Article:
Public Domain Characters

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John Thomas
IBM Research Hawthorne
Douglas Schuler
Public Sphere Project

Stories are one ancient and still powerful technique for people to create and share knowledge across temporal and geographical boundaries. Stories may be conceptualized as having three major dimensions: character, plot, and environment. Traditionally, societies have used and shared all of these dimensions. Today, in an effort to make the rich and powerful yet richer and more powerful, the natural processes of creating, sharing, and building on stories has been subverted into a process of "claiming" the world of stories as private property. This limits artistic creativity and stunts the growth of collective wisdom.


Large, powerful corporations (many recently merged) control much of the media and have a huge influence on the international copyright laws. In most cases, the characters used in movies and television shows (even if originally taken from the public domain) are restricted in terms of the ability of anyone else to use them. In fact, in some cases, people have been sued even for setting up "fan sites" for these characters as well as for using them in satire.

Arguably, there has never been a greater need for collective human wisdom. Yet, the profit motive gone hypertrophic has put a host of economic, legal, and logistical barriers across possible paths of collaborative thought.


Humankind has generated a magnificent pantheon of fictional and not-so-fictional characters over the millennia of its existence. Unbelievably enough, this rich legacy may be stopped cold through a transfer of the ownership of humankind's stories and images to corporate rather than shared "commons" ownership.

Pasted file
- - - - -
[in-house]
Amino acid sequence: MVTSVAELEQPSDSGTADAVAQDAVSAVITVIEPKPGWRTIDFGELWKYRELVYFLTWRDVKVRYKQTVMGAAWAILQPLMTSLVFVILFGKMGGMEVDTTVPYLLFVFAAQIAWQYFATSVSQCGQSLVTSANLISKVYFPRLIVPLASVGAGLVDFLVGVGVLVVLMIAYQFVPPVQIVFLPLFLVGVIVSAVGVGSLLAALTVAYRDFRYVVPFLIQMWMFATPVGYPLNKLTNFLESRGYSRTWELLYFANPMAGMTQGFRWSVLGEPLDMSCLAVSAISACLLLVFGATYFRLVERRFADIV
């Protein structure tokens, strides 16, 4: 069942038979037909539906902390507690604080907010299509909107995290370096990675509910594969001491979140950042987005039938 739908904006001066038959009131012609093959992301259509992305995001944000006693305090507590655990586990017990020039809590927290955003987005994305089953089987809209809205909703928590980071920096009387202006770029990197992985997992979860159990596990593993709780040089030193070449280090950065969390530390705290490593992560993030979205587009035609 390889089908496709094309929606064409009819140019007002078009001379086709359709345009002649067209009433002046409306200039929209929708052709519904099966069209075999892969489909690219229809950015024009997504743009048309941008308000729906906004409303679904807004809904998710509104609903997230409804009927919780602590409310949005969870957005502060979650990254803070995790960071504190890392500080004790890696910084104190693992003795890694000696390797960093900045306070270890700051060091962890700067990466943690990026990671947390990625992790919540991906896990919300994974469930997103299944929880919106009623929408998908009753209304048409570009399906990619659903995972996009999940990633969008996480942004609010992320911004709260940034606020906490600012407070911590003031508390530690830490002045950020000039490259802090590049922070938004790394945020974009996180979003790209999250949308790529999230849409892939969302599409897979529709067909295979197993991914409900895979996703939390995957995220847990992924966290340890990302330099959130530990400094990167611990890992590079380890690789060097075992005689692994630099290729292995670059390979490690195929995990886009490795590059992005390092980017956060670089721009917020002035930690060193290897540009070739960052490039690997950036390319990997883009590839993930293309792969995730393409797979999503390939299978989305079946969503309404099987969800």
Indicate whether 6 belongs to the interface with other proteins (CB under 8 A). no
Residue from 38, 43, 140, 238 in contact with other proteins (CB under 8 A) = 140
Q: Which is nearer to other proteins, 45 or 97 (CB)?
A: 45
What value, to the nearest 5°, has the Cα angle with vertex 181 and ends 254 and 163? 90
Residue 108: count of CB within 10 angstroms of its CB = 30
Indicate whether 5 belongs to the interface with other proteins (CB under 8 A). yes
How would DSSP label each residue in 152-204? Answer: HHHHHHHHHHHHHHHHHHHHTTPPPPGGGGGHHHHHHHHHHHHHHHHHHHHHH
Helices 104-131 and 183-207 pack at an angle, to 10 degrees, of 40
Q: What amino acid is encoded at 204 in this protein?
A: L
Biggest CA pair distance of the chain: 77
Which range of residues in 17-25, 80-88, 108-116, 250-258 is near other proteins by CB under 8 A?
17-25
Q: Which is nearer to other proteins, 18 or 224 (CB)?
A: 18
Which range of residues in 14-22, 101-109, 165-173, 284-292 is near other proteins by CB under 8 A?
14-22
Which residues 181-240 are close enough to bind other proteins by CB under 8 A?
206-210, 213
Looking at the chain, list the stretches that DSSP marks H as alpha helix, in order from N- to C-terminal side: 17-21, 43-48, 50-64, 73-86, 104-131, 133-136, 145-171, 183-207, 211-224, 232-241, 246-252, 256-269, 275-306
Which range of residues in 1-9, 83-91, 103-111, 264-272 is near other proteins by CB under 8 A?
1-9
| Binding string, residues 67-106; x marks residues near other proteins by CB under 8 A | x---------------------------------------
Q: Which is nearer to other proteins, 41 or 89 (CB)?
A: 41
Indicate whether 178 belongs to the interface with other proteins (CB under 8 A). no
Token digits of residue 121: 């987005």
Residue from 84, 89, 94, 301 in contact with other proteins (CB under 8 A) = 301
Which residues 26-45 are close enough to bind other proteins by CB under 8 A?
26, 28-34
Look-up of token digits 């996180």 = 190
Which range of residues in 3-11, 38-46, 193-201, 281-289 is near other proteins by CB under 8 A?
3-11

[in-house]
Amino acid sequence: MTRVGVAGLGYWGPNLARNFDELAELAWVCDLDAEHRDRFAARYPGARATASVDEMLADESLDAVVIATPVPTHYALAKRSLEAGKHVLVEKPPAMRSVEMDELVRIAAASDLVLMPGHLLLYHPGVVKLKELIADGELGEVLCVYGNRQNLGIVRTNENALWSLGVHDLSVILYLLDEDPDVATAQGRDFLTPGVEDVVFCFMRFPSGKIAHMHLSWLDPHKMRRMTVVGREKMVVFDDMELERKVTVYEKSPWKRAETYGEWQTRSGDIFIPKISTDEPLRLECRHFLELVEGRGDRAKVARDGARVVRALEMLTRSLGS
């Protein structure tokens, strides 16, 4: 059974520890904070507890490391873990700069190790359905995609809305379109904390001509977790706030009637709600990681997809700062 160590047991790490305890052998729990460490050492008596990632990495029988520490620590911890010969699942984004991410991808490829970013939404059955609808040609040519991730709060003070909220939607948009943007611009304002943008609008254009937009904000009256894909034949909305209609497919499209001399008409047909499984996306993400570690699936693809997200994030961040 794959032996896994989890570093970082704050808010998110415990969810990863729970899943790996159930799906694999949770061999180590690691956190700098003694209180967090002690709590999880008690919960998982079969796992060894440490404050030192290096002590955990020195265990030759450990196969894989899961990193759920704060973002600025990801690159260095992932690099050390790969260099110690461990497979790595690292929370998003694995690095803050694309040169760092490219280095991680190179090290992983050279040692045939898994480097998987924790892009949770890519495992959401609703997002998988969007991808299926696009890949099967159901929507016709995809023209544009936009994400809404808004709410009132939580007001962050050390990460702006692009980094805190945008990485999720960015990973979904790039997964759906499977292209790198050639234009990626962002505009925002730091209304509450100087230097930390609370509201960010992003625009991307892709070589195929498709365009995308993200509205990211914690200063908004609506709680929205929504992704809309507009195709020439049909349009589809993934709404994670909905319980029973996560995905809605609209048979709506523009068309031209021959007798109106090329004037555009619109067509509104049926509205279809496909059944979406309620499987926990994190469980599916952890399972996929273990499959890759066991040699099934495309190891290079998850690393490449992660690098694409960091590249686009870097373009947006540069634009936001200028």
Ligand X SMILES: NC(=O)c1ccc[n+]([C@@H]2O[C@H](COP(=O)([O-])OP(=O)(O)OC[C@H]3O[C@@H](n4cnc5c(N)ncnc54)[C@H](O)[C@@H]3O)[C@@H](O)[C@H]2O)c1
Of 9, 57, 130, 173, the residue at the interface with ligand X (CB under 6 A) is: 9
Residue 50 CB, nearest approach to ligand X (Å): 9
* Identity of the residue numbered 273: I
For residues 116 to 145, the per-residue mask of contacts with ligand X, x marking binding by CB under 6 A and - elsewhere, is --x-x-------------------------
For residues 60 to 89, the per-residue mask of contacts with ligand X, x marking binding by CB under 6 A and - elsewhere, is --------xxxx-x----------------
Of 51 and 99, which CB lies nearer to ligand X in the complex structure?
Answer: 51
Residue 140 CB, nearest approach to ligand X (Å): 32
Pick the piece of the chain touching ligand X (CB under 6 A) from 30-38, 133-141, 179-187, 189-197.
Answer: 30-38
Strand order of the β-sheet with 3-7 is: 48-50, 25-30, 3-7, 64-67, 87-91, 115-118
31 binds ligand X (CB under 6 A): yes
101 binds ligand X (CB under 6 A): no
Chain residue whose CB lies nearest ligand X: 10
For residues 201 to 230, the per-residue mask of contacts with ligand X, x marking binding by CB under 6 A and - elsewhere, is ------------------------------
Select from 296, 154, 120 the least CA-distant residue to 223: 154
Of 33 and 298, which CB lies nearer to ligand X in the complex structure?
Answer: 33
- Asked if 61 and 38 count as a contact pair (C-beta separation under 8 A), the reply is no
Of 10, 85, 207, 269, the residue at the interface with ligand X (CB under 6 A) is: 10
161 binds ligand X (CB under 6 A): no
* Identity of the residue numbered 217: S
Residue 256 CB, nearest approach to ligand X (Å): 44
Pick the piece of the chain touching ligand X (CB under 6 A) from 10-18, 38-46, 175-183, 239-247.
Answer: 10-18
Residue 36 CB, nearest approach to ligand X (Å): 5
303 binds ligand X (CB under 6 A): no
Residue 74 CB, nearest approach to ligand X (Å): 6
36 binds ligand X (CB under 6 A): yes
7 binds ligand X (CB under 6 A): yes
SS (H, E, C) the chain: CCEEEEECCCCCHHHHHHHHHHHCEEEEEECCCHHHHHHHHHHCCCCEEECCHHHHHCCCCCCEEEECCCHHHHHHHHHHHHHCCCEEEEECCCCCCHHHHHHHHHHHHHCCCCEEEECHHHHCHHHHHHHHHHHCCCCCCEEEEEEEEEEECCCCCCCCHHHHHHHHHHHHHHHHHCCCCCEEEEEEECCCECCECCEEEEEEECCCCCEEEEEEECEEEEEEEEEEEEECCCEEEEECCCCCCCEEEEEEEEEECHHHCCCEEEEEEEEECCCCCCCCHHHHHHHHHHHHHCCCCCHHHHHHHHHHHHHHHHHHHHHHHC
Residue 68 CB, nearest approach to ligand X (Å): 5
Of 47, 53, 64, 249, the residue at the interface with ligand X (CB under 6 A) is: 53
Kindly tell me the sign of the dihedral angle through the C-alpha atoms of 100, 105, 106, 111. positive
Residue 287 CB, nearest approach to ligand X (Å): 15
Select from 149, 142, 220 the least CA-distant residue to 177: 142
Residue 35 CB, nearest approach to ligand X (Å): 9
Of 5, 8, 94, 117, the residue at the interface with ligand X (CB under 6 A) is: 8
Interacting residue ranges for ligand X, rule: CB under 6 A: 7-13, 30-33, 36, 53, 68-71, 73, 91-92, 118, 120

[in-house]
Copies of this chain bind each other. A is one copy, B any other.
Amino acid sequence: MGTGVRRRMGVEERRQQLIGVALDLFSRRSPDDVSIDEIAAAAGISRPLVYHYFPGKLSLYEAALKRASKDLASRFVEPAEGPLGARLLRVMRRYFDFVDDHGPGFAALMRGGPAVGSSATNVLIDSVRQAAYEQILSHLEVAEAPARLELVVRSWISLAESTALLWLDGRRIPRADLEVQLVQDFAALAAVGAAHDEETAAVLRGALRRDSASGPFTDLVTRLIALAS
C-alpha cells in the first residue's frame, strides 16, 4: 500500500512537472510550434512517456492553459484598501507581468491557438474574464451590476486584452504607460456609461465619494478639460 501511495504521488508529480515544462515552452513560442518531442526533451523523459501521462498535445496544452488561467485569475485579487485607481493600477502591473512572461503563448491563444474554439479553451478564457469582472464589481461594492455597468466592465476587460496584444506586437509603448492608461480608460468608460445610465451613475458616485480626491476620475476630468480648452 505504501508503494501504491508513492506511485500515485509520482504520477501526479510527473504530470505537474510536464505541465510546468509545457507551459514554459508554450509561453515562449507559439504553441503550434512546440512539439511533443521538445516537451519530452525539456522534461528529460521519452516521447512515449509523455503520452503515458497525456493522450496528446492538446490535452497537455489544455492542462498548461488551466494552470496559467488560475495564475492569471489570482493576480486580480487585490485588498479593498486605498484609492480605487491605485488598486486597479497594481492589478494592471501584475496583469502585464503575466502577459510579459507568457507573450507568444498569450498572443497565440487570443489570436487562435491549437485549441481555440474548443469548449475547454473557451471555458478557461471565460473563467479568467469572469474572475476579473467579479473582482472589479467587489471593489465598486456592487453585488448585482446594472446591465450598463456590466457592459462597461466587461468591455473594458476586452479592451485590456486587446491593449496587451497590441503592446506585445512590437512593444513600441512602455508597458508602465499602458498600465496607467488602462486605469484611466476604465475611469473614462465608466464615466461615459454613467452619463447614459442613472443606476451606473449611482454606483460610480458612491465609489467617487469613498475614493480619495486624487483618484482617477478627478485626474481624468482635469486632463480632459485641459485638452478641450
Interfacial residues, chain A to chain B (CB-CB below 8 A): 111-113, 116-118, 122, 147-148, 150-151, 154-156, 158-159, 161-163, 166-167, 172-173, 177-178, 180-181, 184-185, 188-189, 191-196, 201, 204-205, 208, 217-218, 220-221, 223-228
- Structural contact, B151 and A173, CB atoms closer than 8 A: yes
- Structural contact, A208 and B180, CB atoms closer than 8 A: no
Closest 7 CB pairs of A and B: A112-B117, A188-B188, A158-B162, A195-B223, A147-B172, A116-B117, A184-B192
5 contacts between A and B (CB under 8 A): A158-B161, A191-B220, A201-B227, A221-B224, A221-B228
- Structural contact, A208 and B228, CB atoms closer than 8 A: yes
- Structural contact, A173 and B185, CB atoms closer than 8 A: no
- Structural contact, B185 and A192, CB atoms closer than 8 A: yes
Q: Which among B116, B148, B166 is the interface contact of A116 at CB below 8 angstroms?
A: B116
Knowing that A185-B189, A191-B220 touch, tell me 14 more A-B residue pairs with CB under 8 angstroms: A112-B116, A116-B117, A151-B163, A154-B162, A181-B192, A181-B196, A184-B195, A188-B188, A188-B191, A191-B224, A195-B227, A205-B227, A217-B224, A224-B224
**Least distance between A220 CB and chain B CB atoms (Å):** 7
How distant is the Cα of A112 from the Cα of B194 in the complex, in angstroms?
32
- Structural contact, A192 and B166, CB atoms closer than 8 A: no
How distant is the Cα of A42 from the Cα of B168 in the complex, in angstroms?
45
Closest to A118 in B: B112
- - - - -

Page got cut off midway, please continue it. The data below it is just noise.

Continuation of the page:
Civil society should establish a repository of characters who are available to all without charge. This could contain characters from our pre-corporate past as well as those of more recent vintage (such as Cat-Man ( who was raised in Burma by a Tigress but abandoned on our doorstep by the corporation that spawned him. Ultimately it could even include those are now serving time, cloistered behind commercial contracts until their sentences expire. Novelists could legally allow the inhabitants of the universes they created to be enlisted in others: Cartoonists such as Matt Groening could donate Homer Simpson or a brand new type of American everyman complete with voices and descriptions of where he lived and what he liked to do. Frustrated novelists could supply names and descriptions that their colleagues could borrow for their own work. However, it is not only artists and writers who benefit from having access to stories and the characters who inhabit them. Characters can serve as sources of inspiration for all; they can give us hope in dire times; they can serve as models for ethical, effective, or clever behavior. One use of characters is to serve as a kind of "Board of Directors" that we can use imaginatively to help look at our problems and proposed solutions from various perspectives. (See

The Disney corporation may be the most prolific "borrower" of stories (including Aladdin, Atlantis, Beauty and the Beast, Cinderella, Davy Crockett, Legend of Sleepy Hollow, Hercules, Hunchback of Notre Dame, Jungle Book, Oliver Twist, Pinocchio, Pocahontas, Robin Hood, Snow White, Sleeping Beauty, Three Musketeers, Treasure Island, and the Wind in the Willows) from the public domain; the number of stories they have added to the humankind's commonwealth is still at zero. (Thanks in part to legislation that granted Mickey Mouse another 75 years of service to the corporation.)( State of the Commons - Culture)


Encourage the open source creation and use of "characters." This will enable artists to build richly on each other's work. Characters are not only an aspect of stories for entertainment; they also serve as sources of inspiration, community coherence devices, and tools of thought for creative problem solving. Open source characters help in all these domains.

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